"`The general rule is that improper argument of counsel is not a ground for a new trial or subject to review on appeal unless there is due objection by counsel or a motion to exclude, an adverse ruling thereon by the court, or a refusal of the trial court to make a ruling.'" (Emphasis added in Yates.)

On the other hand, even if it can be argued that the trial judge did rule by way of the statement he issued to the jury, we are of the opinion that the judge "impliedly" sustained the appellant's objection. Therefore, since the appellant did not move for the trial court to exclude the comment or instruct the jury to disregard it, he did not establish a required aforementioned adverse ruling from which he can appeal. Yates, supra; Cagle v. State, 211 Ala. 346, 100 So. 318 (1924).

The appellant also argues that the trial court erred in admitting evidence, by way of testimony, of an autopsy. Appellant states that the prosecution failed to establish a proper chain of custody of the body in order to show that it had not been tampered with in any way.

Before we address appellant's contention, we are compelled to point out that the appellant never asserted, either at trial or in his brief on appeal, that the body was tampered with. Therefore, since there is no suggestion that the body was tampered with in any way, the "state does not have to negate the remotest possibility of alteration, substitution or tampering with the evidence." Shute v. State, 469 So. 2d 670 (Ala.Cr.App.1984).

In Bryant v. State, 428 So. 2d 641 (Ala. Cr.App.1982), this court held, in a fact pattern similar to the present case, that the better practice in a murder prosecution would have been for the autopsy assistant who transported the body and delivered the expended shells to the firearms expert to testify. However, testimony regarding the body did not injuriously affect the defendant's substantial rights on the ground of insufficient chain of custody since, with both the coroner and the forensic pathologist testifying that the victim had a gunshot wound to the chest, "there existed a reasonable probability that there had been no tampering with the body." Id.

In the case at bar, the forensic pathologist testified as to the identity of the victim. Also, a police officer from the City of Opelika testified regarding the identity of the victim and the stab wound of the victim. We also believe that the State's fact summation in its brief on appeal regarding the chain of custody of the victim's body accurately showed that there existed sufficient reasonable probability that the evidence (the body) had not been tampered with. The State's brief states, regarding the chain of custody:

"Denise Harris was in charge of the hospital morgue. She obtained Douglass *889 Williams' body from the emergency room and locked it in the morgue on August 29, 1983. (R. 121) On the same date, Tim Gray transported a body from the hospital morgue to the state forensic lab in Montgomery. The body stayed in substantially the same condition during his custody and control. (R. 124-125) The following morning, Dr. Sapala performed an autopsy on the body of Douglass Williams, which was the same body delivered by Tim Gray. (R. 208-214)."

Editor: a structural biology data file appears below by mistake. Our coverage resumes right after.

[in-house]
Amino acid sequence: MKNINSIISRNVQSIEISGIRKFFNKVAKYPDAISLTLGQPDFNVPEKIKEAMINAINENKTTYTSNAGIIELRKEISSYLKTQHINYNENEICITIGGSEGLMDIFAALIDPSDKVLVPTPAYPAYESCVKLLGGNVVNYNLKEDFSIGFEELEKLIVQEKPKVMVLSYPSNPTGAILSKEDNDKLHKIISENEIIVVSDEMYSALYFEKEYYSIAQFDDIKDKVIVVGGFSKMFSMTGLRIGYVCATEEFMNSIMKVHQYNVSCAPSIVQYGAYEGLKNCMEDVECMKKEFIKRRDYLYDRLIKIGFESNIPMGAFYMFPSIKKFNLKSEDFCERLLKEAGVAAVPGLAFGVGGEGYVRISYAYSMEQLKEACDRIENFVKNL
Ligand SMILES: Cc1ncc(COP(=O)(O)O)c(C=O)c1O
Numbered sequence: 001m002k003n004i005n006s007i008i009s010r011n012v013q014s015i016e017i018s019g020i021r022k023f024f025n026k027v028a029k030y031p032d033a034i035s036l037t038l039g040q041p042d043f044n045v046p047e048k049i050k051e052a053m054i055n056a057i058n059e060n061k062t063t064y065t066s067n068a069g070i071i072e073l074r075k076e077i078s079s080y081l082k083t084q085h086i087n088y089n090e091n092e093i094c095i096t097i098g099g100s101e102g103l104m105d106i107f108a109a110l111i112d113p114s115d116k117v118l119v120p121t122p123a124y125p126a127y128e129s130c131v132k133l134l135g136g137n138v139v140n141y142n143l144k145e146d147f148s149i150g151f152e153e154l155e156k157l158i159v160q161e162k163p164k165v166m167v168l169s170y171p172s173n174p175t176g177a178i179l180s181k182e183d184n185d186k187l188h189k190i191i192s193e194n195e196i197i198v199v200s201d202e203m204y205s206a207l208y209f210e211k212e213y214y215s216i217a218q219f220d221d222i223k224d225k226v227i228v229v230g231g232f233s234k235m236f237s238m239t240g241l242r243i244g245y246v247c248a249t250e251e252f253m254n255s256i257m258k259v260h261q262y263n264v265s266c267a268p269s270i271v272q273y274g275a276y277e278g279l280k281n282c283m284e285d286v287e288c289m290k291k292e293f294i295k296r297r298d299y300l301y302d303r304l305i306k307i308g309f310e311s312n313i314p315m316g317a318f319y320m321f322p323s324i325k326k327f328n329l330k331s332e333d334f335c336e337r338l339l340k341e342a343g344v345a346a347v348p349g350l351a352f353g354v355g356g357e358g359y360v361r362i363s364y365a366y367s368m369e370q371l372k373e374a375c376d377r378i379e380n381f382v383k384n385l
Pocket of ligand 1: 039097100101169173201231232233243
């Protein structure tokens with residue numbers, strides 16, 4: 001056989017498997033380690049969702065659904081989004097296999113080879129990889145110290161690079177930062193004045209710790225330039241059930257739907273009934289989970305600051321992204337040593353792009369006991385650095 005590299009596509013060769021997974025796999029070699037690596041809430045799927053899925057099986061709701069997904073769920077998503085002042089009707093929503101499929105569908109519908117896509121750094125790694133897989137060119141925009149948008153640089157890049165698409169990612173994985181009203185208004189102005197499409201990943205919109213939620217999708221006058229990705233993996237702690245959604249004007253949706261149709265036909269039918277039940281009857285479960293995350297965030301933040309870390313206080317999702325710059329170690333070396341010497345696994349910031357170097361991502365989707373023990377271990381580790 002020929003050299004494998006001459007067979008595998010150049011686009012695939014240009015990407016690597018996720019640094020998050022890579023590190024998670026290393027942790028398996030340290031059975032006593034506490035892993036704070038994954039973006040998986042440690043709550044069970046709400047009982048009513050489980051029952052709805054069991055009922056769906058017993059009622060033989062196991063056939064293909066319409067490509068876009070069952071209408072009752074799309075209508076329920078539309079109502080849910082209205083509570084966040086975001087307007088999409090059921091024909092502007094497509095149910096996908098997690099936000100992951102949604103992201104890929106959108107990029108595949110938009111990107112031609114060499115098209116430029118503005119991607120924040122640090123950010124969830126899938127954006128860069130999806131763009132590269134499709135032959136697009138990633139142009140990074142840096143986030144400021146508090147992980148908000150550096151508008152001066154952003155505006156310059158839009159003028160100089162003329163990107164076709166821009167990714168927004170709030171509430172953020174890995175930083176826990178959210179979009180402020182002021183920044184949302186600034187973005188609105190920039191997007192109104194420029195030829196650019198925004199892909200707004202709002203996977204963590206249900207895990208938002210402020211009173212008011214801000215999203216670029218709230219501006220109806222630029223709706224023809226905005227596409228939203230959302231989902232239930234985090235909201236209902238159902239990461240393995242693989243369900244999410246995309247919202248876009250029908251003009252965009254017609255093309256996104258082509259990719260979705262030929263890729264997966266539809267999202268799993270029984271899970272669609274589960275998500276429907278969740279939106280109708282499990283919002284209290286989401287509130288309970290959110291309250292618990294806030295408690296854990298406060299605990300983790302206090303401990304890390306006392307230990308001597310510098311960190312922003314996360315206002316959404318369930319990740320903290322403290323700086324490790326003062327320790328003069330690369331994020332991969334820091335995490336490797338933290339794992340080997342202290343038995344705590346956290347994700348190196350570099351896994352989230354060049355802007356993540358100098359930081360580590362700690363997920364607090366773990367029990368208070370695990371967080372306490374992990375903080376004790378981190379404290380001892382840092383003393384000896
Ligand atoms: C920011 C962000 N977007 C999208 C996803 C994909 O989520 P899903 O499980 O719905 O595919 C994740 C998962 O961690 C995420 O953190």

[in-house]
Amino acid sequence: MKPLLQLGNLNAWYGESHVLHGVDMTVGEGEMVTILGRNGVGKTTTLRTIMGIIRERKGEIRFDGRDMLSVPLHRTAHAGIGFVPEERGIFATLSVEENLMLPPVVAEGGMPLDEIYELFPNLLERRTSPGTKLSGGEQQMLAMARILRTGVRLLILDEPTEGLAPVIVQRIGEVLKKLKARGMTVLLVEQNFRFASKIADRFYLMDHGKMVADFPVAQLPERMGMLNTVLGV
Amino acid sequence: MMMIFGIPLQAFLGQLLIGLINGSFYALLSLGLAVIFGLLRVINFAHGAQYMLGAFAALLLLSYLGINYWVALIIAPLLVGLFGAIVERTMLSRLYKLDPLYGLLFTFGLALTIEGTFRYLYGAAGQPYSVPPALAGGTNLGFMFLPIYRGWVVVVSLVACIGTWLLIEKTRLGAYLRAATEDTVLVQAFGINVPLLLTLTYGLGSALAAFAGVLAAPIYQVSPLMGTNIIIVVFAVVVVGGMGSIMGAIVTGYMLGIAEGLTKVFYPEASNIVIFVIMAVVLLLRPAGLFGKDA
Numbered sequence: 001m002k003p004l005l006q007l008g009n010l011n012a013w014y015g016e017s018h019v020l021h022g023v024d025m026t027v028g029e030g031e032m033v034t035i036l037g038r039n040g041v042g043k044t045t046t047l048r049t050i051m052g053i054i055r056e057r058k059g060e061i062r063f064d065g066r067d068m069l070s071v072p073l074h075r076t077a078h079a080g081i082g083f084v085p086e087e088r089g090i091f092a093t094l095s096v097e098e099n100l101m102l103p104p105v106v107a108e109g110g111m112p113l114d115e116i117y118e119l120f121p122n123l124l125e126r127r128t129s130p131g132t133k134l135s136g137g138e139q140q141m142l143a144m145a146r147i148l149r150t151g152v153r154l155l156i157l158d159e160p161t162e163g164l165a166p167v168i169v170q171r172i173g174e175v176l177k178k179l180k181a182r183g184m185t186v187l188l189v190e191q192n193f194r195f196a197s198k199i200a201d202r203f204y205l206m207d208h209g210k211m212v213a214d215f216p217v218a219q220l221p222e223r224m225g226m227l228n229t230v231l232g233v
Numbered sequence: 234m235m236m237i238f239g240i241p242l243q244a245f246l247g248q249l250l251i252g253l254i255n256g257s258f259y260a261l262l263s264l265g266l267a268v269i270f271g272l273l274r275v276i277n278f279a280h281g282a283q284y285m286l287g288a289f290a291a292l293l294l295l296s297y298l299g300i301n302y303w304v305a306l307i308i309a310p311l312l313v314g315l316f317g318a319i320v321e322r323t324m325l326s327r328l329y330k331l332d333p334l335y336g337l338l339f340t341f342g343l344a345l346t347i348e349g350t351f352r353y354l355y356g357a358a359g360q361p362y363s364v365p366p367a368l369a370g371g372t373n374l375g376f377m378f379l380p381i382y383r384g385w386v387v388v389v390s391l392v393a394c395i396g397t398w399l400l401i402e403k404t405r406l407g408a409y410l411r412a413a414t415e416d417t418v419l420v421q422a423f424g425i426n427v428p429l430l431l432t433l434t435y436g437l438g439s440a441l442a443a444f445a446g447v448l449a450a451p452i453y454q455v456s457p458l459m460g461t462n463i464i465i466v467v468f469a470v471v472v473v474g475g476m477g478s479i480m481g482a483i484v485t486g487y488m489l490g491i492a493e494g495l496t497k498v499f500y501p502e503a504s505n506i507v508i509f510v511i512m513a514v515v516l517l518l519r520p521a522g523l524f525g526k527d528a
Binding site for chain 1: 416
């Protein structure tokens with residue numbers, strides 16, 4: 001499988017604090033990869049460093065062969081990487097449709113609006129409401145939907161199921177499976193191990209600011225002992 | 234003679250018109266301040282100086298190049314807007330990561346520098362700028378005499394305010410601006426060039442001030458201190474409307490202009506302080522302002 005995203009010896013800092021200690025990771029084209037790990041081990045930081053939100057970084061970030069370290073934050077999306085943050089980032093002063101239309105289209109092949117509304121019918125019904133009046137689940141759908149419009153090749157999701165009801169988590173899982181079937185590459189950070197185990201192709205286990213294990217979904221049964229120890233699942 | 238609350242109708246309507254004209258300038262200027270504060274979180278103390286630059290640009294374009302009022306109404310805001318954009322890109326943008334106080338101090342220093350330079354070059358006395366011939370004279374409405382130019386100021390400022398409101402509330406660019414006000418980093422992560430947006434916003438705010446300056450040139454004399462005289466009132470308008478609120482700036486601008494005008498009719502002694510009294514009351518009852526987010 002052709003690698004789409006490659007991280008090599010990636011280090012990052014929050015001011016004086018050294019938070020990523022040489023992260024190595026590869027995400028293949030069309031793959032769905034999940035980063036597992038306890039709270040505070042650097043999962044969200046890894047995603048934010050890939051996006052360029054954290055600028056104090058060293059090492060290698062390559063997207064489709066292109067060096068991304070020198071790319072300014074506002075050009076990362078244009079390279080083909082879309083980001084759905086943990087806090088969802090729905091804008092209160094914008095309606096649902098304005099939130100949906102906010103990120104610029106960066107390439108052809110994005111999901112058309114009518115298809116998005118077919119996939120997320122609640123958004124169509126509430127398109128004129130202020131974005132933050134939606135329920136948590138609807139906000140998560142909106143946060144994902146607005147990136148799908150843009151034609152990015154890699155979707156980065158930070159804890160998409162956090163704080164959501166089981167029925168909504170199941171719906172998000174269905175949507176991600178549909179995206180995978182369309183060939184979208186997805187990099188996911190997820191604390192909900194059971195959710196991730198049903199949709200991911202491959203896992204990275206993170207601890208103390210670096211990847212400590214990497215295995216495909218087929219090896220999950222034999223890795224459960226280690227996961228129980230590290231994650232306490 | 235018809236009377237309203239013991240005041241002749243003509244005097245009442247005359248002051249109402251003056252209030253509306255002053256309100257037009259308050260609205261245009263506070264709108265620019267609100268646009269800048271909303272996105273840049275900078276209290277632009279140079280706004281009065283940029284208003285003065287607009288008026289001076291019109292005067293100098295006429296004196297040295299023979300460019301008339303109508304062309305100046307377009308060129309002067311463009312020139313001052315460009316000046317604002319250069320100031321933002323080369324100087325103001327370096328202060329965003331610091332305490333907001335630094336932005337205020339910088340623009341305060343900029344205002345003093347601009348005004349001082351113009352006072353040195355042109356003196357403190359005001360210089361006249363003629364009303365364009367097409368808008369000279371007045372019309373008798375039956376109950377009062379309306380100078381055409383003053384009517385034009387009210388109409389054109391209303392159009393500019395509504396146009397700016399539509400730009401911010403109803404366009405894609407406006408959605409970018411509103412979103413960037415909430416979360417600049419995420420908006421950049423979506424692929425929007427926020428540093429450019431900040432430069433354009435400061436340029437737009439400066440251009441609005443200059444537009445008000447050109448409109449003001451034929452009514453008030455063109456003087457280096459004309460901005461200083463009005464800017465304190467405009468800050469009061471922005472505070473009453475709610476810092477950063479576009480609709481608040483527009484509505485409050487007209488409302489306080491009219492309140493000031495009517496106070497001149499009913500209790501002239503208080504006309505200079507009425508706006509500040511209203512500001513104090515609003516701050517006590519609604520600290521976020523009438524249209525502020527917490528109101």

Based upon the above summation of events regarding the transfer of the victim's body to Montgomery, we find there existed a reasonable probability that there had been no tampering with the body.

The appellant's fourth proposal for our consideration is whether there was sufficient evidence to sustain his conviction for murder. Appellant maintains that his intoxicated condition at the time of the stabbing incident negated any intent to kill. Appellant submits that the evidence of his intoxication was such that he could not be found guilty of a specific intent crime, such as murder, and also maintains that sufficient evidence was presented in his defense to support his claim of self-defense.

As to the self-defense claim, we are not persuaded. The facts and evidence adduced at trial show that when the appellant exited the house immediately before the stabbing, the victim, who had previously armed himself with a hatchet, had placed the hatchet under a chair. Therefore, the victim, at the point in time of the stabbing, was unarmed. Furthermore, after the appellant stabbed the victim, he withdrew the knife and attempted another strike with the knife. The victim was able to stop the second strike, and, in an attempt to escape, he ran across the street. Appellant followed, pursuing the victim and swinging the knife. The victim avoided the appellant by pushing a shopping cart into his path and then ran back to the house and asked for help and then succumbed in the front yard. The evidence reflects that the appellant pursued the victim until he dropped in the front yard of the house. (R. 22-24, 39, 53)

Testimony by witnesses to the incident clearly refutes any claim of self-defense and is sufficient for the jury to decide that the appellant formed the specific intent to kill the victim.

As to appellant's claim that he was so intoxicated at the time of the stabbing that he could not have formed the specific intent to kill the victim, we rely on Lee v. State, 439 So. 2d 818 (Ala.Cr.App.1983), in our answer. Lee held:

"Although all the evidence shows that the appellant was drunk at the time of the commission of the crime, there was no evidence to show as a matter of law that the appellant was intoxicated to such an extent as to render him incapable of harboring the required intent. The intoxication must be of such character and extent as to render the accused incapable of consciousness that he is committing a crime, incapable of discriminating between right and wrongstupefaction of the reasoning faculty. Johnson v. State, 32 Ala.App. 217, 24 So. 2d 228 (1945); Green, supra, [342 So. 2d 419 (Ala.Cr.App.1977)]. Whether appellant's intoxicated condition rendered him incapable of harboring the special intent was a question for the jury. Foust v. State, 414 So. 2d 485 (Ala.Cr. App.1982). Here the jury decided this issue against appellant." (Emphasis added)